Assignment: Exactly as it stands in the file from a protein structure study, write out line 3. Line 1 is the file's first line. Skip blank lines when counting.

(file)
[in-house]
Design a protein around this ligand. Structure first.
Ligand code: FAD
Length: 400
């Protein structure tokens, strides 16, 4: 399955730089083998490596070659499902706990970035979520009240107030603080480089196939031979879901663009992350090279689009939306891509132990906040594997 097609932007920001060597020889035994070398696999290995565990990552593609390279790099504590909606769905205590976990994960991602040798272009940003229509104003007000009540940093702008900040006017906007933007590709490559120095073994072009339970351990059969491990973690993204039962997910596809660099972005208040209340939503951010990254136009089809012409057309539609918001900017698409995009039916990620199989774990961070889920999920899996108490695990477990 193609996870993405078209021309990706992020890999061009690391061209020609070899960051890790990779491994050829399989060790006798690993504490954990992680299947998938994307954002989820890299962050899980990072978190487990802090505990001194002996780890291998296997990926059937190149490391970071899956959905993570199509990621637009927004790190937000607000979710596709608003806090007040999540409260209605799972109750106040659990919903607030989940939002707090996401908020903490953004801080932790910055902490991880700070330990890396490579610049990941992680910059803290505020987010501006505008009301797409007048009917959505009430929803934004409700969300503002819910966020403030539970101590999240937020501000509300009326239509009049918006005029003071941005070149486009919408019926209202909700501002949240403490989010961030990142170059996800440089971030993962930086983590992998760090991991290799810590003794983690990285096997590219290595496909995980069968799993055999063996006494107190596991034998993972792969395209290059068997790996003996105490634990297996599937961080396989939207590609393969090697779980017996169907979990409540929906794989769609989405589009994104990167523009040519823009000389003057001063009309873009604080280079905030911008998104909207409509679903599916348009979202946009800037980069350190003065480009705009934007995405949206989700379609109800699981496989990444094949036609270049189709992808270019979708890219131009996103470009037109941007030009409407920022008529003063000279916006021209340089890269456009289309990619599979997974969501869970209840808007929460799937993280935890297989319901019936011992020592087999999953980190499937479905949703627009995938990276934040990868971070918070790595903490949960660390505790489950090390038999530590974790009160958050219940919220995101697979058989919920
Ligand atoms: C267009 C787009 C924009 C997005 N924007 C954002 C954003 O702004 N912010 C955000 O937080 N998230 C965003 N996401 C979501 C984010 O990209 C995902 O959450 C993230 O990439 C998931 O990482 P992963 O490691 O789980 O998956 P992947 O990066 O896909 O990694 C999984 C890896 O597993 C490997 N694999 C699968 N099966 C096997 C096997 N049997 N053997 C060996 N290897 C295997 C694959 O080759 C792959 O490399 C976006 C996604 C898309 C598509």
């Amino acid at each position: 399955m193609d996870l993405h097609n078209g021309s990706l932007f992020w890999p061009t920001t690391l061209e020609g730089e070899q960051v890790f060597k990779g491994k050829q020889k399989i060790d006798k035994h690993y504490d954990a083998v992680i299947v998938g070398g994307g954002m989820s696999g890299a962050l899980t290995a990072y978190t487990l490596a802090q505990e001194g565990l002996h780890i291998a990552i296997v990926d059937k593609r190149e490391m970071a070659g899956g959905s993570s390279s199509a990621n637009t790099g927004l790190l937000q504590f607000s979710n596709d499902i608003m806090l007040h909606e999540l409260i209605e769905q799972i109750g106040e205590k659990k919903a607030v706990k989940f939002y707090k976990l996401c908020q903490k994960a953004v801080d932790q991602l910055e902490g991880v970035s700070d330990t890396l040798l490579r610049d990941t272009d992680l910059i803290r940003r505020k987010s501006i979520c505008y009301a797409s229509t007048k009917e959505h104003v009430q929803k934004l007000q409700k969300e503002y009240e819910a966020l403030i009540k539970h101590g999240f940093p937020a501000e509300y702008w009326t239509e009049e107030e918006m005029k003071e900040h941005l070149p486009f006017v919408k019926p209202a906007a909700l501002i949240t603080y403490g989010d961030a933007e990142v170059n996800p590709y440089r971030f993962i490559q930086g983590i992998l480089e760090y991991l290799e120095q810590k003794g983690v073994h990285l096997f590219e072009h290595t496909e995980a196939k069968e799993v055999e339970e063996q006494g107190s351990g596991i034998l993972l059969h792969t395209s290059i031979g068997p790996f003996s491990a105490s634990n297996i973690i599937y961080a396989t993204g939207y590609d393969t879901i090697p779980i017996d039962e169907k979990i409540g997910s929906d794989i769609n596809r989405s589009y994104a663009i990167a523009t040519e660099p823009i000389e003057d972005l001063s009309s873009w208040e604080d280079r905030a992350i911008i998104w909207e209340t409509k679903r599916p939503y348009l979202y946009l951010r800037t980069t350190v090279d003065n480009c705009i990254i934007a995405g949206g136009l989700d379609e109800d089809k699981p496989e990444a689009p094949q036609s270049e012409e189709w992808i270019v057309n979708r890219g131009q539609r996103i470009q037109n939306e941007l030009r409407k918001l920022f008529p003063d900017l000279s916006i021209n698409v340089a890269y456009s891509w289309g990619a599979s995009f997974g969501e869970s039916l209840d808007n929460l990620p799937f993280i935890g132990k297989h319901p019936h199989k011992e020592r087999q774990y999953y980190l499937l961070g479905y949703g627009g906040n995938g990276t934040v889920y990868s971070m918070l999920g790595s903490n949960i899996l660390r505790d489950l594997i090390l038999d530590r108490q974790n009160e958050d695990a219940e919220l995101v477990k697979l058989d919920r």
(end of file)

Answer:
Ligand code: FAD